For more than a decade, the steep hillside of Diamond Head Monument was home to dozens of homeless campers.
That's not the case anymore.
Since a homeless sweep in February, few if any homeless have returned to the area, in what appears to be one of the few cases of the state's enforcement in homeless encampments that's actually stuck.
The fact that homeless haven't returned has even surprised outreach workers.
"I would have expected people to come back," said Justin Phillips, Institute for Human Services. "There's no fence at the bottom of the hillside stopping people from coming up."
On the surface, it may seem like a win.
But Hawaii News Now has learned only seven people who lived on Diamond Head accepted shelter. Rather than moving off the streets, the state believes homeless in the area simply found new places to camp.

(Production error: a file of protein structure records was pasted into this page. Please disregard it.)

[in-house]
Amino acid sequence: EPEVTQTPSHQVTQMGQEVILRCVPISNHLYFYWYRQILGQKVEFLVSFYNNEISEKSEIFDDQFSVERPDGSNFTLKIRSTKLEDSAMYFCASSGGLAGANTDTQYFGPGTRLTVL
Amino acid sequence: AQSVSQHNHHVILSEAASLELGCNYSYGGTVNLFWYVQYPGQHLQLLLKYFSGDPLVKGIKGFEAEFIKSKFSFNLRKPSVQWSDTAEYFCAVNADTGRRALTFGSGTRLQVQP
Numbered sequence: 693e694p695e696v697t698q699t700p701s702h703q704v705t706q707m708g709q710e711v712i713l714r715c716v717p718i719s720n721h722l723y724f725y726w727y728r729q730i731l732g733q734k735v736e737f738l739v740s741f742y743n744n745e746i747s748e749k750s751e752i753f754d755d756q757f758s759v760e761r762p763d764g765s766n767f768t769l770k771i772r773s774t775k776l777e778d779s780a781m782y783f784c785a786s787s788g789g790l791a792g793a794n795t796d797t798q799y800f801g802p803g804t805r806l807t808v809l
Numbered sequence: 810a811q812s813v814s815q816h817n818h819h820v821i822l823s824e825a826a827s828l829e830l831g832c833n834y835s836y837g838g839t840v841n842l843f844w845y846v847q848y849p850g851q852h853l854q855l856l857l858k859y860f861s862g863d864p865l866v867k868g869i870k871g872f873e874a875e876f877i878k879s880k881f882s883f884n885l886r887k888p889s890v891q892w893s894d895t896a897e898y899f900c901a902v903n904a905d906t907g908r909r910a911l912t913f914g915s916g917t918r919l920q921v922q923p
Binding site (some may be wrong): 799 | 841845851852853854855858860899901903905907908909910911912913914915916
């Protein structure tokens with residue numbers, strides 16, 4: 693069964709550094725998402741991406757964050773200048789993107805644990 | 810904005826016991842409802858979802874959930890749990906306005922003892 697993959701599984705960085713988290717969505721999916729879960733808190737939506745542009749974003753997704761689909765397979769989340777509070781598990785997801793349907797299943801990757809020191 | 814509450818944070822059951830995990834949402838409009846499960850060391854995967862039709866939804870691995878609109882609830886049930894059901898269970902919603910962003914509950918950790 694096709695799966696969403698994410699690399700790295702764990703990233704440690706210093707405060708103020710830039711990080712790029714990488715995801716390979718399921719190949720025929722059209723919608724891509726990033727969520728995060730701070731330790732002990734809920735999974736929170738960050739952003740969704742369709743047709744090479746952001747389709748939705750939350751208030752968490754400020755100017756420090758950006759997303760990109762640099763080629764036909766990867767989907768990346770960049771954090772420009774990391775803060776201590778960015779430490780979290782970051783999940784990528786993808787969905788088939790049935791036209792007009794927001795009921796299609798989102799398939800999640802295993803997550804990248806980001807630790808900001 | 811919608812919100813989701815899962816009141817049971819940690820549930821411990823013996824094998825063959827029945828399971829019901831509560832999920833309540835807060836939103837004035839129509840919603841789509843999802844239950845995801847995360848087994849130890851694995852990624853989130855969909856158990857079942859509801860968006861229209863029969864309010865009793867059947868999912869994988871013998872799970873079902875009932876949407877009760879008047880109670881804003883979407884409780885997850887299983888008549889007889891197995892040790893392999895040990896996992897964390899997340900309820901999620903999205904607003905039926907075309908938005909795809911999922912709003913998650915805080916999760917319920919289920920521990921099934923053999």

Phillips agrees, saying he's encountering more homeless near Makapuu. At this count, at least 50 homeless live in that area, almost double the people counted there the first of the year.
"It's just new faces that I don't usually see," said homeless resident Angel Sunio, who lives on the beach fronting Rabbit Island with her husband and their four children. They've been there since December, and she said she used only a few other families would also stay in the area.
Now, at night, the parking lot is packed with people looking for a place to sleep.
"I know we had a problem with them leaving their trash and not keeping the bathroom clean," she said.
The Institute for Human Services said they have increased outreach in Makapuu and along the Ka Iwi Coast.